• Pepto-Bismol tablets, for diarrhea. I give two to each dog almost anytime they get runny. Also, egg yolks and yogurt, which are eaten by adventurers the world over to combat traveler's diarrhea, are a great way to plug up a pooch that has a slight stomach upset, as long as you feel that the source of the upset isn't dangerous. For instance, switching (non-contaminated) food brands. Don't get the idea that you can give your pets any kind of human medication, because you can't.
  • Particularly flatulent mutts can be treated with sweet potatoes, according to this home remedy from Itchmo.
  • Flea shampoo and flea treatments. I don't use these as regularly as some people do, but I keep them around, just in case an infestation occurs. It's very rare for us, but good to be ready if it happens.
  • Pet meds. If your pet regularly takes medication, don't fall behind in providing them. It can mean the difference between happy and healthy, and sitting at the pet hospital at 3AM and getting angry at bloggers. [Not that I'm suggesting the Kirk wasn't giving his dog his meds or anything.]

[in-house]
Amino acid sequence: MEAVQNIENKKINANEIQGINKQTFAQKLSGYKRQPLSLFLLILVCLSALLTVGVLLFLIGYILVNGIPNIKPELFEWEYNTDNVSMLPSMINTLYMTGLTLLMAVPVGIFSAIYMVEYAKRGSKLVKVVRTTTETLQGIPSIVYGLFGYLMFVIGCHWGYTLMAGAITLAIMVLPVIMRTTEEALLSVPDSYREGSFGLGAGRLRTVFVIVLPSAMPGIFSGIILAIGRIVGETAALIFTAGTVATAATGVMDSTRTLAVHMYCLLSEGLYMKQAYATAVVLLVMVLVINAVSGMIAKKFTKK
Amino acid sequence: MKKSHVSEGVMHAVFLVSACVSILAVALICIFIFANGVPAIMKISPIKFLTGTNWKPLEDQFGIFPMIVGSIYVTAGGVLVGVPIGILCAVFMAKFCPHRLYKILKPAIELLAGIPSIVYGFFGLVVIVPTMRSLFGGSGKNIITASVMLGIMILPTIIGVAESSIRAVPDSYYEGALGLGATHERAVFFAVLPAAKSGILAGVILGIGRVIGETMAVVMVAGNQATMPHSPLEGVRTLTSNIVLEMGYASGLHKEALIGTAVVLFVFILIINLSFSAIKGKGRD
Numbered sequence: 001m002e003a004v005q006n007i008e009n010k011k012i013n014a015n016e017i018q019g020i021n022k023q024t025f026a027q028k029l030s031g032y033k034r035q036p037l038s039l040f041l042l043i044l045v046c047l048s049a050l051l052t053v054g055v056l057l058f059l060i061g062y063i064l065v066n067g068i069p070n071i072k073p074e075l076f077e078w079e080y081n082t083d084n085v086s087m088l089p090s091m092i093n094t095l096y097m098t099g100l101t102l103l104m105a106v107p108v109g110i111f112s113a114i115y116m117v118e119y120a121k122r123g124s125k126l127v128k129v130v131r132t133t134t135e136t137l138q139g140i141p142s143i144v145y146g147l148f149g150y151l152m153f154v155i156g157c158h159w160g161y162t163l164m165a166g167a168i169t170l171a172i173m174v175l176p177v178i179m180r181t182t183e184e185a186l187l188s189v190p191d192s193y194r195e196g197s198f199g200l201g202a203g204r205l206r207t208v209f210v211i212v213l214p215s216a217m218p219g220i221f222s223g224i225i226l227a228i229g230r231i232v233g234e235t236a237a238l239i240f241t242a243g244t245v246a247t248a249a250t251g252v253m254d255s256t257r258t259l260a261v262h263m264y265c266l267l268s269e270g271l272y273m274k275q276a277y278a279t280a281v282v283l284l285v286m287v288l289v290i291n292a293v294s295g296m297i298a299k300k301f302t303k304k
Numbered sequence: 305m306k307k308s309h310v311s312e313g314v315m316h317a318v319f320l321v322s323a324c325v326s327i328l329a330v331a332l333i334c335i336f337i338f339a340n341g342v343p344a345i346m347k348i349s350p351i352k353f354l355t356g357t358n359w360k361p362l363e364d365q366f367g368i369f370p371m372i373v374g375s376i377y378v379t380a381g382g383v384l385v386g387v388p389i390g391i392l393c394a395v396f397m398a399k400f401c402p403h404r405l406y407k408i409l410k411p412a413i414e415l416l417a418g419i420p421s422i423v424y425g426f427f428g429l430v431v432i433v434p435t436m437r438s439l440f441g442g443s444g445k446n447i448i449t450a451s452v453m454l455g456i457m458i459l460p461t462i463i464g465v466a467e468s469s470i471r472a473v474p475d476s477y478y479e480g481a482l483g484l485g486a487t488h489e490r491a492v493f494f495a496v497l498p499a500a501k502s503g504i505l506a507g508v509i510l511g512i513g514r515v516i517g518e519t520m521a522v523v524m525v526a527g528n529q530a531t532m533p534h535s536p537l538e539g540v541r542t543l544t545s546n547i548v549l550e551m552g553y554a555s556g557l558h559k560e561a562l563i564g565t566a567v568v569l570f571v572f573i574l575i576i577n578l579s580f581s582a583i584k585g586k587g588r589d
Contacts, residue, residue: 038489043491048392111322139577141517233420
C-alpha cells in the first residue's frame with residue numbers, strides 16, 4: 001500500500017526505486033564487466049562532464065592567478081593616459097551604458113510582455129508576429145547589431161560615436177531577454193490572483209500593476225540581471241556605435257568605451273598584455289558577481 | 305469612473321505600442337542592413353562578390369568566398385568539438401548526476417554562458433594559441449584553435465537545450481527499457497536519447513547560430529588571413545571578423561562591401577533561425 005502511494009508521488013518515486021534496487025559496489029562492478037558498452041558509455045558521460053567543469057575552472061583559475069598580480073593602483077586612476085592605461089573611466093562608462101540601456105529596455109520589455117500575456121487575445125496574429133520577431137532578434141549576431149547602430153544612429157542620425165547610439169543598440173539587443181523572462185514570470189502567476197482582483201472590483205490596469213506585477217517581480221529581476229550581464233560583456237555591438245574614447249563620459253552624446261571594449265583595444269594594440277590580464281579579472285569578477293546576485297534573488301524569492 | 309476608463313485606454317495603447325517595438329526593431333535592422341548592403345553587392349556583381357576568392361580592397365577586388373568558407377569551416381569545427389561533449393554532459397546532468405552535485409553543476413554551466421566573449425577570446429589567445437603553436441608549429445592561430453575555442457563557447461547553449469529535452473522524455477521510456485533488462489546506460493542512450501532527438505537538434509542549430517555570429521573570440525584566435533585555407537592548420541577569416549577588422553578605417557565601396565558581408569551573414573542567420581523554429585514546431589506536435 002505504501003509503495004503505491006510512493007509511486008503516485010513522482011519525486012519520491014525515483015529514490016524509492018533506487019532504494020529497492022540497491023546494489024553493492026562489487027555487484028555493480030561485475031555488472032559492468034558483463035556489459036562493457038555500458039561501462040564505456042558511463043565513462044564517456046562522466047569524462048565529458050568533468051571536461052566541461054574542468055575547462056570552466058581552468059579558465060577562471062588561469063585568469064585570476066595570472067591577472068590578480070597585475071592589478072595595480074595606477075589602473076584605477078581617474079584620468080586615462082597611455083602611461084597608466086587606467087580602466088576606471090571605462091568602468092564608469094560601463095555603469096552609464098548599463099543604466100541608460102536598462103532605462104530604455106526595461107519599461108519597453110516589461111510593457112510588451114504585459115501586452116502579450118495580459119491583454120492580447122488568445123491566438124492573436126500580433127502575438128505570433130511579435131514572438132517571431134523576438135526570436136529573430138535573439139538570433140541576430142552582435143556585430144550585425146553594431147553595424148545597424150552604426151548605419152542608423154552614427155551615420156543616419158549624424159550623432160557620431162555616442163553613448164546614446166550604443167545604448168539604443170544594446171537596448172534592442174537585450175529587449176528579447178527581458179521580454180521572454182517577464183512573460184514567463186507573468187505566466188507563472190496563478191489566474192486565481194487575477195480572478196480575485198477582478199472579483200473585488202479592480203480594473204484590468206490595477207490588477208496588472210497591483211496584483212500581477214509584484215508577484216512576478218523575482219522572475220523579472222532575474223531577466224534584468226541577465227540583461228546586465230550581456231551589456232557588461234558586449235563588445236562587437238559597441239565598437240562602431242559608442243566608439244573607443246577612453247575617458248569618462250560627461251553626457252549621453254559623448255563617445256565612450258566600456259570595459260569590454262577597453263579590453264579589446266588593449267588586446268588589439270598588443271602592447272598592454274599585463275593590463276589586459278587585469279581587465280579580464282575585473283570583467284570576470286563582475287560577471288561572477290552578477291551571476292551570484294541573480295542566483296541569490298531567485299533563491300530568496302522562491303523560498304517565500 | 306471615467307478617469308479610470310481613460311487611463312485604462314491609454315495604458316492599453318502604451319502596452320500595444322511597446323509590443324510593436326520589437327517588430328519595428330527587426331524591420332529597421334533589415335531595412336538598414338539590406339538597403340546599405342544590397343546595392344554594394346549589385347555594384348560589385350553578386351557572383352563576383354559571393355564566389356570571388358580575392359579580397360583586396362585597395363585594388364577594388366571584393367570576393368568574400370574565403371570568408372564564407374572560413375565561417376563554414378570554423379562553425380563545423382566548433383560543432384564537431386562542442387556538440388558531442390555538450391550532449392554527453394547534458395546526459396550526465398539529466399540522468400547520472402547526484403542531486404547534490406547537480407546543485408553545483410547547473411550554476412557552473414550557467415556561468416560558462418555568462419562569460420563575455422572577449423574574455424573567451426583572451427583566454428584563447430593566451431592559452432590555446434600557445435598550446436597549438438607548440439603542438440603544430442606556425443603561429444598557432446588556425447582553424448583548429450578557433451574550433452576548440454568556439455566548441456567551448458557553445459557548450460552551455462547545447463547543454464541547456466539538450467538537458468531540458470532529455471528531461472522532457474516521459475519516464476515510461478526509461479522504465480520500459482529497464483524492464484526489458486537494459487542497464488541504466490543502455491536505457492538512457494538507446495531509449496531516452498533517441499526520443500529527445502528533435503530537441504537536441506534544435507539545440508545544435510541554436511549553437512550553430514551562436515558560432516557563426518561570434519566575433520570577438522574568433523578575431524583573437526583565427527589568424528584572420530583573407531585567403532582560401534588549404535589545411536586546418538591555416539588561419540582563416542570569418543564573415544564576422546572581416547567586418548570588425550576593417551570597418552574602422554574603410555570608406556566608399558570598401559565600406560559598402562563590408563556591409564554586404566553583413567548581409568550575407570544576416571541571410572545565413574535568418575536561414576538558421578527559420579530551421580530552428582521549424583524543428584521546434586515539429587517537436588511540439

• My vet recommends Benadryl for the times when my shih tzu has a massive allergy attack. Most human meds aren't good for dogs, and you should obviously check with yours before giving anything to your dog. Benadryl seems to be widely accepted for allergy treatments, however.
  • Treats. Dogs (and some cats) will forgive you for popping a huge cyst on their foot if a treat immediately follows.
  • Lots and lots of towels. You can never have too many towels.

Pet Insurance

The discussion over pet insurance is a long and tedious one, and I can't crunch the numbers for anyone else. Since pet insurance doesn't cover any pre-existing conditions, I haven't seen any reason to buy it (for my two pups, it would cost me roughly $100 a month with zero coverage of their current problems). I know that very serious diseases can be a problem later on, but I've already decided that I'm not going to let me dogs suffer through harsh treatments for something like cancer. That's my personal decision, and I don't expect anyone to agree with it.

Kitten picture by Simon Jackson.

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Guest's picture
Garvin

i'm sorry but i laughed out loud at you dog having grass allergies. Unfortunately I know how it feels...

Still smiling!

Andrea Karim's picture

I laughed when the vet told me to try to keep my dog off of lawns and out of fields. Then I bought a huge bottle of anithistamines and learned to pop them down the shih tzu's throat with little effort.

A dog who doesn't get to play on grass? Never.

Guest's picture
Jeanine